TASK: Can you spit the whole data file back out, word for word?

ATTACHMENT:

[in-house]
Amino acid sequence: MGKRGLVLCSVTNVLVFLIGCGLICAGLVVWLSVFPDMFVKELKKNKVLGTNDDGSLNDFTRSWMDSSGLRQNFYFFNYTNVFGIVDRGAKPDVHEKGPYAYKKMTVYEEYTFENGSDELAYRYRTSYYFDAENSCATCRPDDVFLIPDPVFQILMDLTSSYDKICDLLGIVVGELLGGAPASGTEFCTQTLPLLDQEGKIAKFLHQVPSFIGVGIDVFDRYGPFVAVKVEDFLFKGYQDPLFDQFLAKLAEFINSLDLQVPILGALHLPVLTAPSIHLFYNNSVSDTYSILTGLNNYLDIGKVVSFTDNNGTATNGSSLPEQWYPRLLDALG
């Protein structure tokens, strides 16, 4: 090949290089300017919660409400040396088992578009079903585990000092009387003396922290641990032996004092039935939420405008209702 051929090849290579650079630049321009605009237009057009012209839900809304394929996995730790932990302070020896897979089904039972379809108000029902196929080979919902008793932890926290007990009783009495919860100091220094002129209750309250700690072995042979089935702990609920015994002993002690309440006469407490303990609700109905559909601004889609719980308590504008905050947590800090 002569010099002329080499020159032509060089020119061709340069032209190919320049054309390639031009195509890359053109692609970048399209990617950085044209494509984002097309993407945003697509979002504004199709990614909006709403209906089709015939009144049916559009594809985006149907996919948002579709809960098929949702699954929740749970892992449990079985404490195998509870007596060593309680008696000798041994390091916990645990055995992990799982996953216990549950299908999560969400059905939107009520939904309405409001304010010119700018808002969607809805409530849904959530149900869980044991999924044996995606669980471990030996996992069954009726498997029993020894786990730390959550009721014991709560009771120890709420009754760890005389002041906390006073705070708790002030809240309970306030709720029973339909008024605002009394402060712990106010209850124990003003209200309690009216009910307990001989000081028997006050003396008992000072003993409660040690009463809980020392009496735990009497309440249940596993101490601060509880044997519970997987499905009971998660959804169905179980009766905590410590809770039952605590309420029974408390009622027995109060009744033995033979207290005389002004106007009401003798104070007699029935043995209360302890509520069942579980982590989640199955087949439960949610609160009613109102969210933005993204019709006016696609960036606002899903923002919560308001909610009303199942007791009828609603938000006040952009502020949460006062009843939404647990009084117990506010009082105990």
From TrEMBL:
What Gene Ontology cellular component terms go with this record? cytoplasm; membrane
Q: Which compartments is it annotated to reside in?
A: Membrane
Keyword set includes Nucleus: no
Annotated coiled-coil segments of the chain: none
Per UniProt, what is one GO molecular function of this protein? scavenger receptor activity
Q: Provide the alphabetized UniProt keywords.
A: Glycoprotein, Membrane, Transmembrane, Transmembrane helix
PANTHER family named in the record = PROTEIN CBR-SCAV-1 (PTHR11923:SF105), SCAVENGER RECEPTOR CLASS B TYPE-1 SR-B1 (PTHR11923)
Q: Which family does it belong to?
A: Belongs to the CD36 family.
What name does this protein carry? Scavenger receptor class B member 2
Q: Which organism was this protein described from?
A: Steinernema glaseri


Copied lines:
[in-house]
Amino acid sequence: MGKRGLVLCSVTNVLVFLIGCGLICAGLVVWLSVFPDMFVKELKKNKVLGTNDDGSLNDFTRSWMDSSGLRQNFYFFNYTNVFGIVDRGAKPDVHEKGPYAYKKMTVYEEYTFENGSDELAYRYRTSYYFDAENSCATCRPDDVFLIPDPVFQILMDLTSSYDKICDLLGIVVGELLGGAPASGTEFCTQTLPLLDQEGKIAKFLHQVPSFIGVGIDVFDRYGPFVAVKVEDFLFKGYQDPLFDQFLAKLAEFINSLDLQVPILGALHLPVLTAPSIHLFYNNSVSDTYSILTGLNNYLDIGKVVSFTDNNGTATNGSSLPEQWYPRLLDALG
């Protein structure tokens, strides 16, 4: 090949290089300017919660409400040396088992578009079903585990000092009387003396922290641990032996004092039935939420405008209702 051929090849290579650079630049321009605009237009057009012209839900809304394929996995730790932990302070020896897979089904039972379809108000029902196929080979919902008793932890926290007990009783009495919860100091220094002129209750309250700690072995042979089935702990609920015994002993002690309440006469407490303990609700109905559909601004889609719980308590504008905050947590800090 002569010099002329080499020159032509060089020119061709340069032209190919320049054309390639031009195509890359053109692609970048399209990617950085044209494509984002097309993407945003697509979002504004199709990614909006709403209906089709015939009144049916559009594809985006149907996919948002579709809960098929949702699954929740749970892992449990079985404490195998509870007596060593309680008696000798041994390091916990645990055995992990799982996953216990549950299908999560969400059905939107009520939904309405409001304010010119700018808002969607809805409530849904959530149900869980044991999924044996995606669980471990030996996992069954009726498997029993020894786990730390959550009721014991709560009771120890709420009754760890005389002041906390006073705070708790002030809240309970306030709720029973339909008024605002009394402060712990106010209850124990003003209200309690009216009910307990001989000081028997006050003396008992000072003993409660040690009463809980020392009496735990009497309440249940596993101490601060509880044997519970997987499905009971998660959804169905179980009766905590410590809770039952605590309420029974408390009622027995109060009744033995033979207290005389002004106007009401003798104070007699029935043995209360302890509520069942579980982590989640199955087949439960949610609160009613109102969210933005993204019709006016696609960036606002899903923002919560308001909610009303199942007791009828609603938000006040952009502020949460006062009843939404647990009084117990506010009082105990």
From TrEMBL:
What Gene Ontology cellular component terms go with this record? cytoplasm; membrane
Q: Which compartments is it annotated to reside in?
A: Membrane
Keyword set includes Nucleus: no
Annotated coiled-coil segments of the chain: none
Per UniProt, what is one GO molecular function of this protein? scavenger receptor activity
Q: Provide the alphabetized UniProt keywords.
A: Glycoprotein, Membrane, Transmembrane, Transmembrane helix
PANTHER family named in the record = PROTEIN CBR-SCAV-1 (PTHR11923:SF105), SCAVENGER RECEPTOR CLASS B TYPE-1 SR-B1 (PTHR11923)
Q: Which family does it belong to?
A: Belongs to the CD36 family.
What name does this protein carry? Scavenger receptor class B member 2
Q: Which organism was this protein described from?
A: Steinernema glaseri